NEW YORK — Golfwear is getting a fashion pick-me-up from Fila and Puma, which are both swinging into the category for spring with trend-driven and directional lines.
Boosted by younger, stylish players such as Michelle Wie and Grace Park, the golf category has been attracting women in their teens and 20s, and fashion companies have heard their call with the introduction in recent years of colorful and stylish merchandise. More companies have entered the golf category, which now includes sport brands such as Nike and Adidas; lifestyle labels including Polo Ralph Lauren, Burberry and J. Lindeberg, and traditional golf lines like Cutter & Buck and Ashworth.
Nonetheless, Puma and Fila believe there is room for them in the crowded sector, and both are positioning their lines as sport lifestyle collections.
“We wanted to confront a very traditional and conservative sport and make it more accessible and visually appealing for today’s consumers,” said Robert Philion, business unit manager for Puma Golf. “We also feel that golf is the single-largest game that combines sports and lifestyle, which makes it a perfect fit for our overall mission.”
Last year, golf manufacturers had sales of about $2.6 billion for categories excluding apparel, according to the Sporting Goods Manufacturing Association. (SGMA and other research organizations don’t track golf apparel sales.) And the game clearly attracts the affluent: The average household income for a woman who plays golf is about $92,000, according to SGMA, and golf tournaments are often sponsored by upscale companies such as Cadillac and Rolex.
For Puma, golf is part of the company’s long-range growth strategy, as spelled out recently by its chief executive officer Jochen Zeitz. The golf line combines Puma’s sports heritage and lifestyle direction, and is making its debut this spring in the U.S. and around the world.
The collection includes colorful footwear and apparel, and many of the items have stretch properties and technical features such as moisture management and ventilation patches. Among the performance offerings for women are mock turtlenecks made in bright colors, polo tops, miniskirts and a golf dress with a thick belt, all made of a polyester microfiber. Lifestyle looks include cotton T-shirts and tank tops with large polkadots.
There is also a selection of accessories, such as a kelly green golf bag, visors and caps, and a golf umbrella. For those who want to step out in style, the footwear comes in hues such as bright yellow, orange and green, some of which have spikes.
Suggested retail prices for the apparel collection range from about $40 to $65 for tops, $50 to $65 for bottoms and up to $150 for outerwear, said Philion.
While Puma has recently pushed its fashion offerings and lifestyle looks over traditional sports merchandise, the company is not abandoning its performance roots, he noted.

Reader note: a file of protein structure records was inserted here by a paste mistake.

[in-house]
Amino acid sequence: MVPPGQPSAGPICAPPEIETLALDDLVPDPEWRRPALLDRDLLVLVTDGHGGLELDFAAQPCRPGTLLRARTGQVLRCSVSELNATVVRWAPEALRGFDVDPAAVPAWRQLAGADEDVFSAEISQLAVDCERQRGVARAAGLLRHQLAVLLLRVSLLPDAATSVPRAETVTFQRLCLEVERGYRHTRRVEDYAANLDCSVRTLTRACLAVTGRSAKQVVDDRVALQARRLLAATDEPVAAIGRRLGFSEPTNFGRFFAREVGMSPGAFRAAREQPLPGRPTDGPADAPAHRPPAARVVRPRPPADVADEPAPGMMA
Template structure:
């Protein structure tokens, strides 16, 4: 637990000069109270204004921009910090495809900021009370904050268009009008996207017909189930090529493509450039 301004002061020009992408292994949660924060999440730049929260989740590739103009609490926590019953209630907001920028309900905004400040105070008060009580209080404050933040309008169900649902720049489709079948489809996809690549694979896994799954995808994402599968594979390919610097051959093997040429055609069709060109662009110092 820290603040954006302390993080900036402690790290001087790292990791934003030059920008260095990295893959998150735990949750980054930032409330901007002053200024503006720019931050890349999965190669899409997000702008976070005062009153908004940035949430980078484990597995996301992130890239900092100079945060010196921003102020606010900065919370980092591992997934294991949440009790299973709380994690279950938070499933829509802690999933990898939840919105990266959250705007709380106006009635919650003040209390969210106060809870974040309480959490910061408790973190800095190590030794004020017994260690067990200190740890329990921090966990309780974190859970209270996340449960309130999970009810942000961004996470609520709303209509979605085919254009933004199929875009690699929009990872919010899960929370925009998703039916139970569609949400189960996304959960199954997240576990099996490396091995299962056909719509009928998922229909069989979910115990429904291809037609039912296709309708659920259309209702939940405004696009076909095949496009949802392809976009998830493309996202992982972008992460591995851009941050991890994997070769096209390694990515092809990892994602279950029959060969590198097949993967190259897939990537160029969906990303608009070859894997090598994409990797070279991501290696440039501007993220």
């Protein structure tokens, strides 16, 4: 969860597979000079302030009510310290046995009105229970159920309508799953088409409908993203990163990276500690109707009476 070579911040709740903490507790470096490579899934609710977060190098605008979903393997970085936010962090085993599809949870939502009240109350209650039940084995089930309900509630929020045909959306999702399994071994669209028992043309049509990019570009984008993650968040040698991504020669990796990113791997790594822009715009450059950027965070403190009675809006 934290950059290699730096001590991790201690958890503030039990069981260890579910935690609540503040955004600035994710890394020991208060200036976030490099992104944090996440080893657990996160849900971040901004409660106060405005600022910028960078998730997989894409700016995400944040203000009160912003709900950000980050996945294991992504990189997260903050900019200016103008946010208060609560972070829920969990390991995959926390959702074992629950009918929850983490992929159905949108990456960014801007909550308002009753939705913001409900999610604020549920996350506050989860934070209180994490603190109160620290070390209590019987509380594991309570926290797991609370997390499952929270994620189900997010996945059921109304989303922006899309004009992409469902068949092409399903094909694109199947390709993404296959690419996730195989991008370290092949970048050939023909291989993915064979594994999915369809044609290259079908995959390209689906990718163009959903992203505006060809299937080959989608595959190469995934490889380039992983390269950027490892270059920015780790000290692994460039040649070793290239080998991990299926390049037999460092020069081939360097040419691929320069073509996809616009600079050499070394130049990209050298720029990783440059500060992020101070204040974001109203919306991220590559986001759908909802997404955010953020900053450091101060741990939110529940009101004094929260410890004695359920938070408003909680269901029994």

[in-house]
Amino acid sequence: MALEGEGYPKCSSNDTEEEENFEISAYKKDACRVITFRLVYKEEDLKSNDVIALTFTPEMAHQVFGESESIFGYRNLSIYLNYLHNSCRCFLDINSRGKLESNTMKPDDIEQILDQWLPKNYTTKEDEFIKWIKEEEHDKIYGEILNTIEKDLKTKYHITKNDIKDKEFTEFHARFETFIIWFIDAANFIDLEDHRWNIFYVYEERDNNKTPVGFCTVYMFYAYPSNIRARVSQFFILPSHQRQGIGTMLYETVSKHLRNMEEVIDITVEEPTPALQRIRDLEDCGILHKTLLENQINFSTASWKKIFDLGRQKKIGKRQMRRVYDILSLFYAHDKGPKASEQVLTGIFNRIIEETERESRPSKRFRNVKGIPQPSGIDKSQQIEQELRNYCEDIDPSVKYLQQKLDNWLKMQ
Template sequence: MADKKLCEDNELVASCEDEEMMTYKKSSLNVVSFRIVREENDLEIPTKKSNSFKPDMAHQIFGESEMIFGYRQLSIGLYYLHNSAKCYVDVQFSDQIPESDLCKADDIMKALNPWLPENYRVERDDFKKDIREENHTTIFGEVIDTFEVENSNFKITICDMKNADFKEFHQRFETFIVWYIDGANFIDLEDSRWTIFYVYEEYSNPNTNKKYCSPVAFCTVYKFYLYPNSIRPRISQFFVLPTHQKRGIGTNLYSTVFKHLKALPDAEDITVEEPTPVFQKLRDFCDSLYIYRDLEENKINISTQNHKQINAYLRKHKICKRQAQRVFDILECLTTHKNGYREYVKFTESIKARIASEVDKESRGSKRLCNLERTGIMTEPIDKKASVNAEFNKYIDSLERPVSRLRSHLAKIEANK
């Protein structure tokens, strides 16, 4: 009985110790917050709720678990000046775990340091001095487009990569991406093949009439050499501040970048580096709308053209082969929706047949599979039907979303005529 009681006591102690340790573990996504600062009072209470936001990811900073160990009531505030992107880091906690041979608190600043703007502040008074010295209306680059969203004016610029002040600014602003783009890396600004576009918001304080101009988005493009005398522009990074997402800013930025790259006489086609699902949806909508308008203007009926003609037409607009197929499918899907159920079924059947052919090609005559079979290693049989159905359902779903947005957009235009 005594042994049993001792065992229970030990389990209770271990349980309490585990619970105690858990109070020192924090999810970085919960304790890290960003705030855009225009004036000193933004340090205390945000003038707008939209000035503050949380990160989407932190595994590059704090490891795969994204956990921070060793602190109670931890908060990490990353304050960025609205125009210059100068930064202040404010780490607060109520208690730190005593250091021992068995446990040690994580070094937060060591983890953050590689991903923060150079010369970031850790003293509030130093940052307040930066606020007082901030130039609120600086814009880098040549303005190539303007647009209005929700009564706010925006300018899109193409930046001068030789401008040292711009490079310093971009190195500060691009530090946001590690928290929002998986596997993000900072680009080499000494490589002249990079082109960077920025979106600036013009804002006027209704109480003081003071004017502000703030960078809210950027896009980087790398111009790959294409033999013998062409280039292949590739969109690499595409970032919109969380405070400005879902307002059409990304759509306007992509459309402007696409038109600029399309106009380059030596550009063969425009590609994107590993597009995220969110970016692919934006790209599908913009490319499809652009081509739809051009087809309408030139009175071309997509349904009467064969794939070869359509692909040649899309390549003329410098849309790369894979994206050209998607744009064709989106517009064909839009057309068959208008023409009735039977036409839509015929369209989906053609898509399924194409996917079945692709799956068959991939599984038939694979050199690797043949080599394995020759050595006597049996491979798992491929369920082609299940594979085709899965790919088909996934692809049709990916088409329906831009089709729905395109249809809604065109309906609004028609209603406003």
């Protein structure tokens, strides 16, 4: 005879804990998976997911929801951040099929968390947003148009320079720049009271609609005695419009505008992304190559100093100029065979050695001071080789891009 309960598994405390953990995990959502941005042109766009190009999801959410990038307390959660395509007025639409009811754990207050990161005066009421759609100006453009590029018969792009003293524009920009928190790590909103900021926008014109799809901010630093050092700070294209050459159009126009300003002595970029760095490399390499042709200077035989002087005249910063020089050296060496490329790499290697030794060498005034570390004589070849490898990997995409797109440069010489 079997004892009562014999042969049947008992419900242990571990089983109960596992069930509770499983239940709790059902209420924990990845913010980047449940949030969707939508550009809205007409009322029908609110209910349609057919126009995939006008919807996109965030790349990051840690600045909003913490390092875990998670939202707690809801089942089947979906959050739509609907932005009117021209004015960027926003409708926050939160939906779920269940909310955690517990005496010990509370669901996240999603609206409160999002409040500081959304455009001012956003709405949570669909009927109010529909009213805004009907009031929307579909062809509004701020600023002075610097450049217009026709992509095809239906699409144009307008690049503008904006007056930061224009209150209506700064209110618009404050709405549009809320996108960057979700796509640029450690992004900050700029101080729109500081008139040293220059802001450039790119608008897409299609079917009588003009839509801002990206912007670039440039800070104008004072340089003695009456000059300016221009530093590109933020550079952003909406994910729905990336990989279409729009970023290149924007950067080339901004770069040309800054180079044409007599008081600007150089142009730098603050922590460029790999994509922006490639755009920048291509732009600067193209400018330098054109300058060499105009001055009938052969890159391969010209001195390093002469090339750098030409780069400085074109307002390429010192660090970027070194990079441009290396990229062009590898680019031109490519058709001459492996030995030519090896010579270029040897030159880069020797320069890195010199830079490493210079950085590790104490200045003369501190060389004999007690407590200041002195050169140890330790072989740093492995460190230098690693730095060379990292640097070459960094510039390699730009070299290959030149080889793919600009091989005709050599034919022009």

“We are known for the fusion of sport fashion and lifestyle, and our golf collection is the perfect example of that,” he said. “It combines performance pieces with technical details that have the brands’ signature style.”
The company declined to give sales projections, but said the golf line is part of its strategy to almost double its current size in the next five years. Puma said recently it believes it has the potential to generate 3.5 billion euros, or $4.2 billion at current exchange, in sales by then. Puma had sales of $1.99 billion last year.
For distribution, Puma is targeting boutiques on green grass resorts and golf clubs, as well as resorts and golf specialty stores in addition to its mix of fashion and lifestyle stores. Last week Puma executives exhibited at the PGA golf show to meet with buyers and generate interest in the line, noted Philion.
Fila, meanwhile, is returning to a category it was in about 25 years ago, and its entrance into golf is part of the firm’s relaunch as an upscale athletic brand rooted in its Italian heritage. Fila, now owned by Sport Brands International, rolled out a selection of men’s golfwear for fall, and women’s is rolling out this spring.
“Golf is an important introduction for us, and one of our top growth strategies now,” said Jim Reilly, a senior vice president at SBI.
Fila’s line includes technical outerwear, polo shirts and woven pants, as well as cashmere sweaters. Many of the items have special touches, like a UV finish for sun protection, stretch knit panels on outerwear and seam-sealed, waterproof zippers on rain jackets. There is also a selection of accessories and footwear.
“We are positioning our golf line as the new version of sport luxury,” Reilly said. Wholesale prices for Fila Golf start at about $55 for polo shorts and go up to $110 for some of the outerwear pieces. He said the company has aggressive sales goals for the golf collection.
Fila is also targeting green grass shops located at resorts and golf centers. To kick off its entrance into the category, Fila was a sponsor at the recent Seven Trophy golf tournament in Dunham, England, and outfitted players, marshals and staff at the event.
While Fila and Puma are eager to tap the potential of the market, some golf retailers say it isn’t limitless.
“People make the mistake of thinking that the golf market is larger than it is,” said Charles Rhee, general manager at New York Golf Center, one of Manhattan’s largest golf stores. “It’s already overcrowded.”
Rhee said he has seen an uptick in sales of technical merchandise with performance properties and has continued to increase his selection of women’s offerings, which accounts for about 40 percent of apparel sales.
“Everyone already has the core golf shirt,” he noted. “There has to be a real reason to buy something new.”